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St. Jude Medical to pay $200 million for NeuroTherm


By Jaimy Lee
Posted: July 14, 2014 - 3:00 pm ET
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St. Jude Medical, a St. Paul, Minn.-based medical device manufacturer, said it will pay $200 million in cash to acquire NeuroTherm, one of the largest makers of radiofrequency ablation devices, which are used to treat chronic pain.

The deal will mark St. Jude Medical's entrance into the market for radiofrequency ablation systems that are used to treat spinal pain. The company is one of the top manufacturers of spinal cord stimulation systems, another treatment for spinal pain.

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“As the only medical device manufacturer with both RFA and spinal cord stimulation, this acquisition will enable us to offer more treatment options to patients worldwide who suffer from the debilitating effects of chronic pain,” Michael Rousseau, chief operating officer of St. Jude Medical, said in a news release.

The privately held NeuroTherm is based in Wilmington, Mass. The deal is expected to close at the end of the third quarter and will add up to $15 million in sales to St. Jude's 2014 results.

Radiofrequency ablation is a minimally invasive procedure that is used to reduce back pain. The procedures are usually performed in outpatient settings or in more nontraditional treatment areas such as in nursing homes, said Mickel Phung, ‎principal analyst at Decision Resources Group, a healthcare research firm. Kimberly-Clark and Stryker are the other two significant players in the radiofrequency ablation market.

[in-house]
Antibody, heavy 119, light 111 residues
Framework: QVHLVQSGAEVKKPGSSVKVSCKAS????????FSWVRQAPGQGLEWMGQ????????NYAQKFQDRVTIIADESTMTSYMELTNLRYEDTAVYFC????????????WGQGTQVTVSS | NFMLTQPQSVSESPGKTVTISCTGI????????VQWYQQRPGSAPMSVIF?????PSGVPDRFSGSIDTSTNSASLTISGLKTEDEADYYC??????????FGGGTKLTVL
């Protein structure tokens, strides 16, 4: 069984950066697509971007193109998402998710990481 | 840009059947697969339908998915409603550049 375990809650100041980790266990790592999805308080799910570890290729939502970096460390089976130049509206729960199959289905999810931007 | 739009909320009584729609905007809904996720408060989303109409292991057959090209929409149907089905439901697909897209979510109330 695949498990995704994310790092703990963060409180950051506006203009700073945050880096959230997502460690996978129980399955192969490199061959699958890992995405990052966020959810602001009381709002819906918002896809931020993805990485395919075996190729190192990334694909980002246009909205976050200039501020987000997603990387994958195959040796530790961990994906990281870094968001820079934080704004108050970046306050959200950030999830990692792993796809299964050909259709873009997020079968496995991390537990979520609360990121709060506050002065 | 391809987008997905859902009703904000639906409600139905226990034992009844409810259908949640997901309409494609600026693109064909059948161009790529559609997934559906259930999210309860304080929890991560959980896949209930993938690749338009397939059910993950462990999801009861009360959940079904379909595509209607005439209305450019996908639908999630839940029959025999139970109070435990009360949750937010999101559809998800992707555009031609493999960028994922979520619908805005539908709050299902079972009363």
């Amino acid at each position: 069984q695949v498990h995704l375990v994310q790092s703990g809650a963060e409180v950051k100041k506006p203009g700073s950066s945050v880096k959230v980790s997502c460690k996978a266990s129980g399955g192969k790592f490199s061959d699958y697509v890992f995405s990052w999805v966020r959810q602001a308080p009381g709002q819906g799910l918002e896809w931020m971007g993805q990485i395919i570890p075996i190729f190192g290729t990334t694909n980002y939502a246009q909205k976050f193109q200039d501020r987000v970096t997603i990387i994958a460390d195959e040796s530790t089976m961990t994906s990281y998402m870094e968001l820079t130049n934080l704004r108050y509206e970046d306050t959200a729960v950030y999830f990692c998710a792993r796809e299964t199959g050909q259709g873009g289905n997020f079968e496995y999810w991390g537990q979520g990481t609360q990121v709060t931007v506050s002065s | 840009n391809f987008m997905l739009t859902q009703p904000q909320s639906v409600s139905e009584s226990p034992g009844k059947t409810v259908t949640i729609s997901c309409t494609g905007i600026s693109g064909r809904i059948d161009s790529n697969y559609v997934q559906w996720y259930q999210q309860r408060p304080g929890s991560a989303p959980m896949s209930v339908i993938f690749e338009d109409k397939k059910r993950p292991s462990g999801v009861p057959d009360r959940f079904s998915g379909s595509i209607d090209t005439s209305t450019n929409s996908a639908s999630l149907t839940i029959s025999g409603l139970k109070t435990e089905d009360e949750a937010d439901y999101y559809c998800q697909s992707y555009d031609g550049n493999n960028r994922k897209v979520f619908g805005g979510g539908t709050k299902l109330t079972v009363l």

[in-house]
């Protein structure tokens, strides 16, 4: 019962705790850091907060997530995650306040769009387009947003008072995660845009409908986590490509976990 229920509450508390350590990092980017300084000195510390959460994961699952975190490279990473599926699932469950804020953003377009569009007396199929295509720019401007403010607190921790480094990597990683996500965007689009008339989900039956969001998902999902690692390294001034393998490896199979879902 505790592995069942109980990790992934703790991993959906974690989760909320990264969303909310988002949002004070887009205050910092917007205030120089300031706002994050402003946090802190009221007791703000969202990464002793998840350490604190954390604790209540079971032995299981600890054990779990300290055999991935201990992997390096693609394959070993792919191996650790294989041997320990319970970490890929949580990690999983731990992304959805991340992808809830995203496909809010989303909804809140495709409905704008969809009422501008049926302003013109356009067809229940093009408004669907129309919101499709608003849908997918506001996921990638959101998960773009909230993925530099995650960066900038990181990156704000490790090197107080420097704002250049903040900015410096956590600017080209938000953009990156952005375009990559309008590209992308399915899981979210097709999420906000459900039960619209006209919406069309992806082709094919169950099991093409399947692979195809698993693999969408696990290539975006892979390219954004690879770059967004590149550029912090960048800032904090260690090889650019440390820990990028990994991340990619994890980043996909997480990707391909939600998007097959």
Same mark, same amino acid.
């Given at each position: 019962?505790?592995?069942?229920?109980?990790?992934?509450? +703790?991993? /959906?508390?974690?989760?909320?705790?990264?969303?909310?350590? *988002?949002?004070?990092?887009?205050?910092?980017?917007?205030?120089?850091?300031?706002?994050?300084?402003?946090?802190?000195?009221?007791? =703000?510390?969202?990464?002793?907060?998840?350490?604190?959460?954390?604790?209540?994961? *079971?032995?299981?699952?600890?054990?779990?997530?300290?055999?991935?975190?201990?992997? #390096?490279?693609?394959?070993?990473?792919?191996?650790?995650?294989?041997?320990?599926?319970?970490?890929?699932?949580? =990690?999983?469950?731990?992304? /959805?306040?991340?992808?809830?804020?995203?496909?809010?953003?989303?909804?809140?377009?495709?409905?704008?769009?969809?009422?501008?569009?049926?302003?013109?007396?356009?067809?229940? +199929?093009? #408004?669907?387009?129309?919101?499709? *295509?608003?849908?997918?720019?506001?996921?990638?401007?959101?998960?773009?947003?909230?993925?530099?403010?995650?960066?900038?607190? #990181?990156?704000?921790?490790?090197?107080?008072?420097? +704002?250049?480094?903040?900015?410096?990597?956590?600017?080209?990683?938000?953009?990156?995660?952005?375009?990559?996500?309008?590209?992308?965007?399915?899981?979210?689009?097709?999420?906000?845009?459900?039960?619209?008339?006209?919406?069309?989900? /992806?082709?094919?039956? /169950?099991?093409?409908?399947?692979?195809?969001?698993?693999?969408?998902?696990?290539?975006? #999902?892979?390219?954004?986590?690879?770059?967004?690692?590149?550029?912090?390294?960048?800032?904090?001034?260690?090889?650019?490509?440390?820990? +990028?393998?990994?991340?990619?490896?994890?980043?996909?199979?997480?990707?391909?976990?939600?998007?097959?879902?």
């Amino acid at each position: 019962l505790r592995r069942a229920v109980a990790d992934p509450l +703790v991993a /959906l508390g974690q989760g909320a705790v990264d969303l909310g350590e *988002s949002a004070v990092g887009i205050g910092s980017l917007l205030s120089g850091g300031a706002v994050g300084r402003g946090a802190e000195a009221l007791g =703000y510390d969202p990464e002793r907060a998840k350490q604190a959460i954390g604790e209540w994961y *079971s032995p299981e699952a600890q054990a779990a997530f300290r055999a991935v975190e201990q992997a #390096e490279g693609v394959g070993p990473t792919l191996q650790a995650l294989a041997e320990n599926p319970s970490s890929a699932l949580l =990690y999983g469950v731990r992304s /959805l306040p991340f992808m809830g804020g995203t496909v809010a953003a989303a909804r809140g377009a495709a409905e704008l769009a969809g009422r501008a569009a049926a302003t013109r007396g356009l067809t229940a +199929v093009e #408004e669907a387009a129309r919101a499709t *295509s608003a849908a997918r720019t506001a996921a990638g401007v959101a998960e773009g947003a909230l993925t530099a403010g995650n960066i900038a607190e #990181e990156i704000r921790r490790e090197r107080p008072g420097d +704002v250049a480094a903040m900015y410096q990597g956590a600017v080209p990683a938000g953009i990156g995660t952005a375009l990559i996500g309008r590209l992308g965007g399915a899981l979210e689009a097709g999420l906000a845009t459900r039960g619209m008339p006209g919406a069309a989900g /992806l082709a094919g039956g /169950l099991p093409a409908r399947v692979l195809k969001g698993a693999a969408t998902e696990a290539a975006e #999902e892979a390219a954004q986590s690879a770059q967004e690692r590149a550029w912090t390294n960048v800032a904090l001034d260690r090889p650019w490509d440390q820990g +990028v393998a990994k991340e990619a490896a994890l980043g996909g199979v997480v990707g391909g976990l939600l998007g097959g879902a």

Phung noted that reimbursement cuts to other forms of pain treatment, such as epidural steroid injections, may mean that more patients will undergo RFA. “Because of those reimbursement cuts, there's an unexpected swing toward ablation,” he said.

But it's still not a very lucrative market. Most payers cover only two RFA procedures a year and those guidelines are not expected to change.

The spinal cord stimulation market in the U.S. is about eight times bigger than the market for radiofrequency ablation, Phung noted. Medtronic and Boston Scientific also market spinal cord stimulation devices. However, the deal will likely mean that St. Jude Medical will have the capacity to offer a range of treatment options for patients with back pain.

St. Jude Medical has made a number of deals over the last year, including Nanostim, a maker of small, leadless cardiac pacemakers and CardioMems, which recently received approval from the Food and Drug Administration to market a wireless implantable monitoring sensor for heart-failure patients.

The company is expected to release its second-quarter earnings Wednesday.

Follow Jaimy Lee on Twitter: @MHjlee


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